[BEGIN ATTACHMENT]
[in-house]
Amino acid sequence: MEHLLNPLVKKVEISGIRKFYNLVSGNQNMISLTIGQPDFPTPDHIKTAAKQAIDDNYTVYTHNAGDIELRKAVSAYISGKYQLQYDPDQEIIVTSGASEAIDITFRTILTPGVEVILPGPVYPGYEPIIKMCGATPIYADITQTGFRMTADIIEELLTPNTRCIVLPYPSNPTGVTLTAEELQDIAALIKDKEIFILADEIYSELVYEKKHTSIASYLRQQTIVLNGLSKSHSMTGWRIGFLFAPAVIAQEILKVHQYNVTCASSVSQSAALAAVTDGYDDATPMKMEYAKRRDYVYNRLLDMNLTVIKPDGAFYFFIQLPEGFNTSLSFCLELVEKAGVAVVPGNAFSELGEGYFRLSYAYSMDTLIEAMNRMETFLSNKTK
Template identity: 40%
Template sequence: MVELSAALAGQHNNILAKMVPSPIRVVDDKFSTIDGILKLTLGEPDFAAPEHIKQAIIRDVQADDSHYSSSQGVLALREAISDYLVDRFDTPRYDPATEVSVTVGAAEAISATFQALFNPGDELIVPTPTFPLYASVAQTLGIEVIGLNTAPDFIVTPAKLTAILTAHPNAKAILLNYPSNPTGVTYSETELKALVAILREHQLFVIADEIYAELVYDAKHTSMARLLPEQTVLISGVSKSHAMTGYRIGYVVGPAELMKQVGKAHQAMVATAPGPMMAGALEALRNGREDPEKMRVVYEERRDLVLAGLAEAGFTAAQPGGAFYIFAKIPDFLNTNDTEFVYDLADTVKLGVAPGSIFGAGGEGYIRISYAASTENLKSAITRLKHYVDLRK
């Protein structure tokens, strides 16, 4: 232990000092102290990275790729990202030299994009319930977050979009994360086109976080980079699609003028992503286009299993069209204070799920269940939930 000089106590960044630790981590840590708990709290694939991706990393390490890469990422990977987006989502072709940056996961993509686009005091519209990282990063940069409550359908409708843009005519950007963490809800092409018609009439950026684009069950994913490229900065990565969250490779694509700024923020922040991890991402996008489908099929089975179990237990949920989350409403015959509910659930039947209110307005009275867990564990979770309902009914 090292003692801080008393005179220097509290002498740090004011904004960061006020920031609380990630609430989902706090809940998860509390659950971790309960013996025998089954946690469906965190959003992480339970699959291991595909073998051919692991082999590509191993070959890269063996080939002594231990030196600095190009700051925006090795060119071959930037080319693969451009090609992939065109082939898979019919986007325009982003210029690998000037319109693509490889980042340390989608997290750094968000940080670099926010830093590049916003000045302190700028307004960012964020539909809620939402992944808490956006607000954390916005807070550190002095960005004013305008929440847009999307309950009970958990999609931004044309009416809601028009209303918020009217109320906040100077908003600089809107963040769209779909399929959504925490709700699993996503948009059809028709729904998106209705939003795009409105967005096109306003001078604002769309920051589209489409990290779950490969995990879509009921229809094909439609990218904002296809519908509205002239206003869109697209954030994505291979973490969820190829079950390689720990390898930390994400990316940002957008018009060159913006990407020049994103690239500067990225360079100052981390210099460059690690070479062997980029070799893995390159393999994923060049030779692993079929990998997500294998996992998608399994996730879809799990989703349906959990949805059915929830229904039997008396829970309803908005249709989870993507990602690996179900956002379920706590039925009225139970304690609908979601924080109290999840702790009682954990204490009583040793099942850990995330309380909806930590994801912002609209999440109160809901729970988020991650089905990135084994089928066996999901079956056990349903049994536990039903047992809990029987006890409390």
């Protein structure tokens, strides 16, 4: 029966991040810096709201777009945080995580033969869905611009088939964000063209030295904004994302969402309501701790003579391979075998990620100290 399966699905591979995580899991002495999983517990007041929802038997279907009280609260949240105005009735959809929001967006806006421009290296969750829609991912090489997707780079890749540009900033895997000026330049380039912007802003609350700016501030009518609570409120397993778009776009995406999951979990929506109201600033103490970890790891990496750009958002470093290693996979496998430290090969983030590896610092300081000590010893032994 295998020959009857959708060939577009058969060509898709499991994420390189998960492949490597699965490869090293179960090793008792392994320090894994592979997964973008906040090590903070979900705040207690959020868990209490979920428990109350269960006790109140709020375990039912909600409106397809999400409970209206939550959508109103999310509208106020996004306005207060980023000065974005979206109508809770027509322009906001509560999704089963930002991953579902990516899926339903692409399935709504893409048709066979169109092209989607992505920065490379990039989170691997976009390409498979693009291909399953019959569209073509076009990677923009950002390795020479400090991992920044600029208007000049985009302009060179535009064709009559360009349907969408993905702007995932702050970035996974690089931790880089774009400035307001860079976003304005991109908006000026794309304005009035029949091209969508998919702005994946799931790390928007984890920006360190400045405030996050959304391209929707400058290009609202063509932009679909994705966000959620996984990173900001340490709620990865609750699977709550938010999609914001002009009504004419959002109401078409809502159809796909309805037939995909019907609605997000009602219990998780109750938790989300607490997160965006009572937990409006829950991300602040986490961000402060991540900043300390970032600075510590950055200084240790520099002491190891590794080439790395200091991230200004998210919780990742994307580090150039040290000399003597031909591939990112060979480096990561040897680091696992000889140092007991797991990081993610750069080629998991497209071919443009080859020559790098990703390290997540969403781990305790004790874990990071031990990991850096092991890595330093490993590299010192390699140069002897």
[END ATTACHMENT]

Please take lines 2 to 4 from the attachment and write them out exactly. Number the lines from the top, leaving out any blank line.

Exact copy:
Amino acid sequence: MEHLLNPLVKKVEISGIRKFYNLVSGNQNMISLTIGQPDFPTPDHIKTAAKQAIDDNYTVYTHNAGDIELRKAVSAYISGKYQLQYDPDQEIIVTSGASEAIDITFRTILTPGVEVILPGPVYPGYEPIIKMCGATPIYADITQTGFRMTADIIEELLTPNTRCIVLPYPSNPTGVTLTAEELQDIAALIKDKEIFILADEIYSELVYEKKHTSIASYLRQQTIVLNGLSKSHSMTGWRIGFLFAPAVIAQEILKVHQYNVTCASSVSQSAALAAVTDGYDDATPMKMEYAKRRDYVYNRLLDMNLTVIKPDGAFYFFIQLPEGFNTSLSFCLELVEKAGVAVVPGNAFSELGEGYFRLSYAYSMDTLIEAMNRMETFLSNKTK
Template identity: 40%
Template sequence: MVELSAALAGQHNNILAKMVPSPIRVVDDKFSTIDGILKLTLGEPDFAAPEHIKQAIIRDVQADDSHYSSSQGVLALREAISDYLVDRFDTPRYDPATEVSVTVGAAEAISATFQALFNPGDELIVPTPTFPLYASVAQTLGIEVIGLNTAPDFIVTPAKLTAILTAHPNAKAILLNYPSNPTGVTYSETELKALVAILREHQLFVIADEIYAELVYDAKHTSMARLLPEQTVLISGVSKSHAMTGYRIGYVVGPAELMKQVGKAHQAMVATAPGPMMAGALEALRNGREDPEKMRVVYEERRDLVLAGLAEAGFTAAQPGGAFYIFAKIPDFLNTNDTEFVYDLADTVKLGVAPGSIFGAGGEGYIRISYAASTENLKSAITRLKHYVDLRK